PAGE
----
I have added red raspberry leaf to my daily tea when hit with colds producing mucous or when I have a sore throat. A tea for oral rinse (sage, clove, rosemary, red raspberry, plantain) has helped irritated gums, prevent bleeding before dental cleaning, and relieve canker sores.
Red raspberry is an effective herb, yet it is gentle. Several of my herbal mentors say it can be used through the entire pregnancy. One says to use in second and third trimesters.
Warning/Caution: There are no known warnings or dangers.
There have been some materials out to add milk to the tea to reduce constipation form the drying effects. However, herbalist Steven Horne says it is mild enough to not cause constipation.
You can take capsules, tincture, and tea.
Tea: 1 teaspoon of herb steeped in 8 oz. water for 5-7 minutes. Typical recommendation is 2-3 times per day.
Equal parts Red raspberry leaf, Alfalfa, Peppermint. Example: 1/8 teaspoon of each, or ¼ teaspoon, etc. That means the same amount of each herb.
You can also add Oat straw herb to the blend (equal part to the others), it is nutritive, a relaxation-promotor, and full of minerals.
Another yet— Nettles, rich in iron and nutritive. Nettles or Oat straw can be interchanged in the tea blend above or both added.
Another idea is equal parts: Nettle, oat straw, red raspberry leaf, rose hips (a lot of Vitamin C), and spearmint leaves (if you prefer a milder mint flavor).
I love herbal medicine, but sometimes it’s good to have fun with the herbs.
When you go back to how society used and thought of them, then you get an understanding of the actions. Folklore was usually rooted in how they tried explaining.
Raspberry is protective.
Look at the plant: Thorns. Thorns were regarded as guardians.
The branches would be hung next to doors of homes or businesses. There is also a prosperity/abundance element because the plants produce much fruit and can easily spread.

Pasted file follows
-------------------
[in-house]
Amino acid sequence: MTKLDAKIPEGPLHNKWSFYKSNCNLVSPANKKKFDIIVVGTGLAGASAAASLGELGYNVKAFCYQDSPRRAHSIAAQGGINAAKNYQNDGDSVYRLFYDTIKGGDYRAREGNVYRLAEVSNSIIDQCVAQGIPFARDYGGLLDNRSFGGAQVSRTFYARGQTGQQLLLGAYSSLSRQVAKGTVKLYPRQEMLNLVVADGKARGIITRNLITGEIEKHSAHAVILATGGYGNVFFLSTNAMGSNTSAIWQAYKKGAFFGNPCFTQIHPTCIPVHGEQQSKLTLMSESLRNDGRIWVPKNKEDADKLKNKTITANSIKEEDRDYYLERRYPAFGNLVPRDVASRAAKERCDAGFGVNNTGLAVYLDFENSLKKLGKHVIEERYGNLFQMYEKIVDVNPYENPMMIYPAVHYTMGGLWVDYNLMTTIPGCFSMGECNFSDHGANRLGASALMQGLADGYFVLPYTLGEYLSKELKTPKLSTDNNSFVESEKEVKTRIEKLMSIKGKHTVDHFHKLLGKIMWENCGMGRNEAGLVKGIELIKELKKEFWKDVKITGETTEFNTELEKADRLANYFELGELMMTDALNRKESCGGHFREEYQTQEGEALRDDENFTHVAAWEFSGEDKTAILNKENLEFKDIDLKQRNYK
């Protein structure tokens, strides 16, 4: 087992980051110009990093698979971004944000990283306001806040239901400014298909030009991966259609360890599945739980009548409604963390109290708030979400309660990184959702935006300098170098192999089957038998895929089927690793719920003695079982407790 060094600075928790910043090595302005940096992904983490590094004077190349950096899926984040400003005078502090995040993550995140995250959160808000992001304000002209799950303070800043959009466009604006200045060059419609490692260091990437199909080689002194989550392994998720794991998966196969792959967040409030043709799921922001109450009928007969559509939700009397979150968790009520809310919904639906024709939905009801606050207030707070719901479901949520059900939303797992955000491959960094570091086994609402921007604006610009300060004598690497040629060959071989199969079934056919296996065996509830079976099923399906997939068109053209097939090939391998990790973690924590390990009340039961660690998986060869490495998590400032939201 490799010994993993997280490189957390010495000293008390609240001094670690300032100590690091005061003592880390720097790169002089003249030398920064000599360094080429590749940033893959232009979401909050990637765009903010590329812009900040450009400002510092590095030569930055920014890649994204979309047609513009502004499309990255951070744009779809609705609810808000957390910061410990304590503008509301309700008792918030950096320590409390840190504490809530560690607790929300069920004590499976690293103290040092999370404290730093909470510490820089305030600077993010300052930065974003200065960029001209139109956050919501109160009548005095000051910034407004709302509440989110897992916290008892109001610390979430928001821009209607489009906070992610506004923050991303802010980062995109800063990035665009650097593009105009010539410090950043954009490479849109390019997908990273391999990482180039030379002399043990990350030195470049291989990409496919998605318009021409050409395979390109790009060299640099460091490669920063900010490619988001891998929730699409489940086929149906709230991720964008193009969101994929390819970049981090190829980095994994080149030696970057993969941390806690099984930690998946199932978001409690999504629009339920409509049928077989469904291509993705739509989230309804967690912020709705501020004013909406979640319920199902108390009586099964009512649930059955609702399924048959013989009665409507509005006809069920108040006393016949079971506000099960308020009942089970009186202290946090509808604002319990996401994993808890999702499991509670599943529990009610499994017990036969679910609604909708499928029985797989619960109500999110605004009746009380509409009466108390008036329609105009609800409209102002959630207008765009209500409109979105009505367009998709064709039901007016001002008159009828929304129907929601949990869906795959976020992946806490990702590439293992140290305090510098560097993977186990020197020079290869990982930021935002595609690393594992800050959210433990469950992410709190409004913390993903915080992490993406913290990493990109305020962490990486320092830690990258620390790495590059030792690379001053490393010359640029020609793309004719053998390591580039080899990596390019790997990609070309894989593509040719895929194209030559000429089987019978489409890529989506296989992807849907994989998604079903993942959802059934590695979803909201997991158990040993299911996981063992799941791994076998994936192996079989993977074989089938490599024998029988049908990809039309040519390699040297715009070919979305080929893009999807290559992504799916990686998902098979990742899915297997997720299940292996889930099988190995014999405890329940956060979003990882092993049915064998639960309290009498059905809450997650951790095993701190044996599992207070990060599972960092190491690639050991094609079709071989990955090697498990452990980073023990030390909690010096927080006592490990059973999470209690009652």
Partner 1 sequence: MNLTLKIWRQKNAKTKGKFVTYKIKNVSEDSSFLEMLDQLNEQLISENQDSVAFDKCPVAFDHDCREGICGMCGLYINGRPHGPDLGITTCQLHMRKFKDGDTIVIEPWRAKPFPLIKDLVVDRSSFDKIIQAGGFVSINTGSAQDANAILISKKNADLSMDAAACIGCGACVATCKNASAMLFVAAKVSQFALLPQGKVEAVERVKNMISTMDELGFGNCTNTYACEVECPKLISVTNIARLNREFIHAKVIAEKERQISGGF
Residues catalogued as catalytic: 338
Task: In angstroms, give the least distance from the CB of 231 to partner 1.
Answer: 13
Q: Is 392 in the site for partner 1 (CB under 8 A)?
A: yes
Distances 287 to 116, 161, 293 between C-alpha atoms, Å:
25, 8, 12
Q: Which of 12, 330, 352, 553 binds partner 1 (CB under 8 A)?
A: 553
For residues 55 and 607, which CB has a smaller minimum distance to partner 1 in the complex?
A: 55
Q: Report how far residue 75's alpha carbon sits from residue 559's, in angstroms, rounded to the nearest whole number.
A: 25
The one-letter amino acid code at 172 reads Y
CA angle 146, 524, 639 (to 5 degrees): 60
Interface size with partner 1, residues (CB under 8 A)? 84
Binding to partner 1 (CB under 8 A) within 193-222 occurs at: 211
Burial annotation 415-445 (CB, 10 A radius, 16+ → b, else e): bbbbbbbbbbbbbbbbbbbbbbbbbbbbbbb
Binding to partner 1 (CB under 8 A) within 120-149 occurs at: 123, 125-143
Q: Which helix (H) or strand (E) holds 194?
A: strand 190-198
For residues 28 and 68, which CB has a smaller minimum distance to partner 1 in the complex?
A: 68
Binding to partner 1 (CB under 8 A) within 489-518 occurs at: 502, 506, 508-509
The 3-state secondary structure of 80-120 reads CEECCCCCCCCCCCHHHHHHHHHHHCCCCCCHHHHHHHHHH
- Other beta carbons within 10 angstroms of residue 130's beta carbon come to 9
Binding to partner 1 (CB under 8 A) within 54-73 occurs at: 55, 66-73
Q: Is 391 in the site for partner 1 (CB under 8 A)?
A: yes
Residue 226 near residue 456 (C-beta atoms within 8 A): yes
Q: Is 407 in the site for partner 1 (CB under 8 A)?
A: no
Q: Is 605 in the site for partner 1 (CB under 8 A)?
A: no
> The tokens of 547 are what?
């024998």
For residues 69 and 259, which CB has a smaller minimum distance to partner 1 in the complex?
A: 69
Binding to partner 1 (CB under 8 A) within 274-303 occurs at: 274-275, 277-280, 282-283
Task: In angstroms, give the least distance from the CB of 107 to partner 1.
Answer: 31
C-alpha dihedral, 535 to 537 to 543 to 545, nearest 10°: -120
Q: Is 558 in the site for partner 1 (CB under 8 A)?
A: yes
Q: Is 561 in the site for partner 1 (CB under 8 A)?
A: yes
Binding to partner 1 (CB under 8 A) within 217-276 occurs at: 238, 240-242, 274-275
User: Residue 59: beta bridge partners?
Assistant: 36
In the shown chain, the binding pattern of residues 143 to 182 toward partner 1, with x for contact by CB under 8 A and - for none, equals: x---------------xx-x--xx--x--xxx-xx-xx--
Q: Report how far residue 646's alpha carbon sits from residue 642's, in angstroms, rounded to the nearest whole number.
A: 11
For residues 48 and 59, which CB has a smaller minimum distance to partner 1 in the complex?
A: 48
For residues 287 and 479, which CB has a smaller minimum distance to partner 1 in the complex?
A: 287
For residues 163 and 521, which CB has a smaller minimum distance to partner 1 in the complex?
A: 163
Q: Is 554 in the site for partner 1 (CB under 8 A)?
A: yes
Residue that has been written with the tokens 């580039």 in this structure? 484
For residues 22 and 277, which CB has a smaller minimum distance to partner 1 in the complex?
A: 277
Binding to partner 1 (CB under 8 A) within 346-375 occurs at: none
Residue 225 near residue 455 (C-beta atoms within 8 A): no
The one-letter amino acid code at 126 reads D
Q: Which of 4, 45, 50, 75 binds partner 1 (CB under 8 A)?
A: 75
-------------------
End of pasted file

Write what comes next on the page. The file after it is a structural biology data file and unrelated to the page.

The red berries were associated with blood, heart and love. It is no wonder the sign of Cancer is associated with it because Cancer is the Mother archetype: motherhood, home, family, children and nourishment.
Sacral chakra is the creation space –the womb and reproductive areas.
Christian depictions were associated with kindness. –the kind mother.
In a time before labs and studies, this is how people would explain their world. When we were really connected to the Earth and to God, we knew, like the animals know, what herbs help us.
As you take a look at the modern breakdown above and the folklore, you see how they connect.
Planet: Venus and Moon
Zodiac: Cancer, Pisces
Properties: Protection, Love, Fertility
Chakra: Sacral (below belly button)
Bone, K. (2007). The Ultimate Herbal Compendium: A Desktop Guide for Herbal Prescribers. Warwick, Queensland, Australia: Phytotherapy Press.
Brown, K. (1999). Herbal Teas: 101 Nourishing Blends for Daily Health & Vitality. North Adams, MA: Storey Publishing.
Easley, T. & Horne, S. (2014). Modern Herbal Medicine. St. George, UT: The School of Modern Herbal Medicine.
Horne, S. (2000). Basic Herbalism course. Roosevelt, UT: Tree of Light Institute
Tenney, L. (1992). Today’s Herbal Health, 3rd Ed. Provo, UT: Woodland Books.
Comments and questions are welcome.